This might seem morbid but making a will is just good planning. You never know what might happen to you (we’ve all cried through Titanic). In case of a medical emergency or even death, you want to try to reduce the stress your family will invariably feel. Check out Freewill (free) or Trust&Will (paid but quick and guided) who both help you do this. You might even be surprised what you learn about your SO as you go through this process.
If you changed your name, you’ll want to fill out Form SS-5 to get a new social security card. You’ll want to update your name on your bank accounts as well. Not doing this could delay your tax refund, especially if your return doesn’t match the name Social Security has for your number.
From Jessica Bishop, founder of The Budget Savvy Bride
You and your partner become an official family unit when you tie the knot. While there are countless joyful aspects of that new union, it also brings up a few subjects that can be a bit on the somber side. What is love but a risk?
Losing a spouse can have some crippling financial consequences as well as obvious emotional ones. One way to ensure the security of the person left behind is by securing a life insurance policy. The good news is, the younger you are when you qualify, the better rate you’ll get for your term. Whether or not you intend to remain a dual-income household beyond the big day, making sure that each of you would be able to maintain your standard of living in the case of unforeseen circumstances is a solid way to take care of one another.
From Jessica Bishop, founder of The Budget Savvy Bride
You may think that meeting with a financial planner or money expert is something that only wealthy people need to do. If so, you better think again. Getting insight and advice from a certified professional financial planner can help get you on the right track from the get-go. No matter where you're starting off financially, an expert will help you set goals, run projections, and put financial systems and savings plans in place to help you reach them.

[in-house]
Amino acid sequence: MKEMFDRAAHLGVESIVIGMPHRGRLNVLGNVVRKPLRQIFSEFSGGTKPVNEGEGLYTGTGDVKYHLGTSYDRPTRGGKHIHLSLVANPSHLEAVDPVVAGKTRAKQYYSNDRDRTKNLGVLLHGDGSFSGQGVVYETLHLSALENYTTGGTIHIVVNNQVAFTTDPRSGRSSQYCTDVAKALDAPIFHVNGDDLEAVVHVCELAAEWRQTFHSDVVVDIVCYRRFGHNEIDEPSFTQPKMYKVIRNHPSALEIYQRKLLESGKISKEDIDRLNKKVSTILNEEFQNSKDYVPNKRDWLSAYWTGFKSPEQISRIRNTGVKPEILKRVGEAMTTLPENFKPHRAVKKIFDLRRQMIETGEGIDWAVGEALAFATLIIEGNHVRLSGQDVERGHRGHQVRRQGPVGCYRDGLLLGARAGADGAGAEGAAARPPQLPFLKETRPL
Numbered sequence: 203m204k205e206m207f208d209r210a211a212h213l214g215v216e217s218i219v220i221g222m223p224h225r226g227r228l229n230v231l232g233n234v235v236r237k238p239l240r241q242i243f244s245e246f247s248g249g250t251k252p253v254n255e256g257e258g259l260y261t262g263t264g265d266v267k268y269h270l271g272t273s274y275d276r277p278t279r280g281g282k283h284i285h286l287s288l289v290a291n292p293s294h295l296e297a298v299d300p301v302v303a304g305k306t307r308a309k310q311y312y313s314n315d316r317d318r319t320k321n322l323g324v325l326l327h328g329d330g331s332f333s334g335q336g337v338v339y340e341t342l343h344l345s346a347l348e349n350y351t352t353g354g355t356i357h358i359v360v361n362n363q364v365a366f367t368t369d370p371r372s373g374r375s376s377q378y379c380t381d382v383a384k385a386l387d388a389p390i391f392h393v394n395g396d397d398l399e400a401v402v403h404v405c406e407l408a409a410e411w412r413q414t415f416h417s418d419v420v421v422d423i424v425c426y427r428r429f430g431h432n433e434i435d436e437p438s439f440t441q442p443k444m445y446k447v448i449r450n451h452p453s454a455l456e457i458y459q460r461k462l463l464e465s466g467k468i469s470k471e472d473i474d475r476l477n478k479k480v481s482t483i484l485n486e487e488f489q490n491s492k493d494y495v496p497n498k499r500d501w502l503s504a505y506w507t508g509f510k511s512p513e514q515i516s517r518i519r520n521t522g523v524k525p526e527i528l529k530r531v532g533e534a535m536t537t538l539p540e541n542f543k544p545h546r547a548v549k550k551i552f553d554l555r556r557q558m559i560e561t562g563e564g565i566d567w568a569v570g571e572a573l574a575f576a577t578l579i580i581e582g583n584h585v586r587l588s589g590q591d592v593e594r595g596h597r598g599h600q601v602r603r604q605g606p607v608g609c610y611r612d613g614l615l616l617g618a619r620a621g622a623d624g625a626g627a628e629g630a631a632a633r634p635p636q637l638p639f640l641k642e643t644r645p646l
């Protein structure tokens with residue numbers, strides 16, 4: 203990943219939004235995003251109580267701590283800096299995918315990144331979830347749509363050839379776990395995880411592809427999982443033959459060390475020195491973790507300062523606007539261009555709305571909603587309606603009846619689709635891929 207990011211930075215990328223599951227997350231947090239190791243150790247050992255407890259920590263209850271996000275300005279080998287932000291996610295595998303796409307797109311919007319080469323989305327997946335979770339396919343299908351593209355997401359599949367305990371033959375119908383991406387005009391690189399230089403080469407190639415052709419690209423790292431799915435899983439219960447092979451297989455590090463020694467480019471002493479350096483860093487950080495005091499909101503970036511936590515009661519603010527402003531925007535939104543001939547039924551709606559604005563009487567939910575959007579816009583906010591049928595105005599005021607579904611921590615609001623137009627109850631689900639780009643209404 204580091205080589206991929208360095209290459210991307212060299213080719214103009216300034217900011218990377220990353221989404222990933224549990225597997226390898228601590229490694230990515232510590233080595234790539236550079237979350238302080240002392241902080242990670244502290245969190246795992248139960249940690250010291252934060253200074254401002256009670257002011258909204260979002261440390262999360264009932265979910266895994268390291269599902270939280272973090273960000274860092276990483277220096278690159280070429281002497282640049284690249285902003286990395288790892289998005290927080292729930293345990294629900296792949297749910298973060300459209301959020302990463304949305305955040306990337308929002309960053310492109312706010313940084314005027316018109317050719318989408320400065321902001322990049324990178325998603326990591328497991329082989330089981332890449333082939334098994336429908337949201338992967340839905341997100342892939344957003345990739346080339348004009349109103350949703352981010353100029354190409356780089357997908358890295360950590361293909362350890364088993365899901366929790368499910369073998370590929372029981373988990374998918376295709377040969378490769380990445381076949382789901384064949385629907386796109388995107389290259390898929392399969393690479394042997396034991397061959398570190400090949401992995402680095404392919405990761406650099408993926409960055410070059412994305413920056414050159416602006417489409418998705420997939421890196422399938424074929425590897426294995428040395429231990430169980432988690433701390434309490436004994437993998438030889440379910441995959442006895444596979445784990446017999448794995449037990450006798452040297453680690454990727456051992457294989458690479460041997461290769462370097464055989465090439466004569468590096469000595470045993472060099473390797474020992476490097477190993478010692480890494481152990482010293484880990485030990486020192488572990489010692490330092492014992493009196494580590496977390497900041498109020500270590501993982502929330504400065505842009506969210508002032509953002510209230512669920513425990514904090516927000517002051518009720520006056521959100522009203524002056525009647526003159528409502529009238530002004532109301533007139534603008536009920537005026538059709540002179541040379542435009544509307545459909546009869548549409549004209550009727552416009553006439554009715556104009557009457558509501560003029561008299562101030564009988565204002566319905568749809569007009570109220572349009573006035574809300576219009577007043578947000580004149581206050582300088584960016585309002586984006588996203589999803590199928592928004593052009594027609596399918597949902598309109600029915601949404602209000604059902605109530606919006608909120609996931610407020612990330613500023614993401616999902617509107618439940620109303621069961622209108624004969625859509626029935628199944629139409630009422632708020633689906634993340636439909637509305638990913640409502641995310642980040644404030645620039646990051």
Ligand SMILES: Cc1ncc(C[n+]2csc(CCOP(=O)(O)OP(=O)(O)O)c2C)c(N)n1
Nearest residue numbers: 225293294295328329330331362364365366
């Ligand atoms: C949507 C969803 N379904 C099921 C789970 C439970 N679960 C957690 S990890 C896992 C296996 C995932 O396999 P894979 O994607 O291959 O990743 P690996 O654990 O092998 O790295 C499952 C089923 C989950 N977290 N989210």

One of the best parts of long-term commitment is being able to work together as a team to make your dreams come true together. Whether the two of you dream of buying your first home together, expanding your family, or even retiring early, having the guidance of a professional can help you set realistic and attainable goals and put the proper strategies in place to make them a reality!
Article updated on July 28th, 2021.
In Zeta’s Money Date Magazine, finance blogger Savvy Girl Money dives into how her and her husband handled their finances together after they got married.READ MORE
Planning a wedding is a significant financial burden, and you’re probably curious how much you and your partner’s savings will be depleted after your wedding is over.READ MORE
A newsletter designed to help
you achieve relationship goals.
A newsletter designed to help you achieve relationship goals.
To safely consume this site, we recommend reading this disclaimer. Any outbound links will take you away from Zeta, to external sites in the world wide web. Just so you know, Zeta doesn’t endorse any linked websites nor do we pay/bribe anyone to appear on here. Any reference to prices on the site are just estimates; actual prices are up to specific merchants and their current desire to charge you for things. Also, nothing on this website should be construed as investment advice. We’re here to share our favorite tools, tactics and tips for managing your money together. This content is for your responsible consumption. Please don’t see this as a recommendation to buy specific investments or go on a crypto-binge. Lastly, we 100% believe that personal finance is exactly that, personal. We may sometimes publish content on this website that has been created by affiliated or unaffiliated partners such as employees, advisors or writers. Unless we explicitly say so, these post do not necessarily represent the actual views or opinions of Zeta.
The Zeta Joint Card and Joint Account is offered by Piermont Bank, Member FDIC. Zeta Help Inc. is a service provider of the issuing bank. All deposit accounts of the same ownership and/or vesting held at the issuing bank are combined and insured under an FDIC Certificate, up to $500,000. The Zeta Joint Debit Card, provided by MasterCard, may be used everywhere where MasterCard Debit Cards are accepted.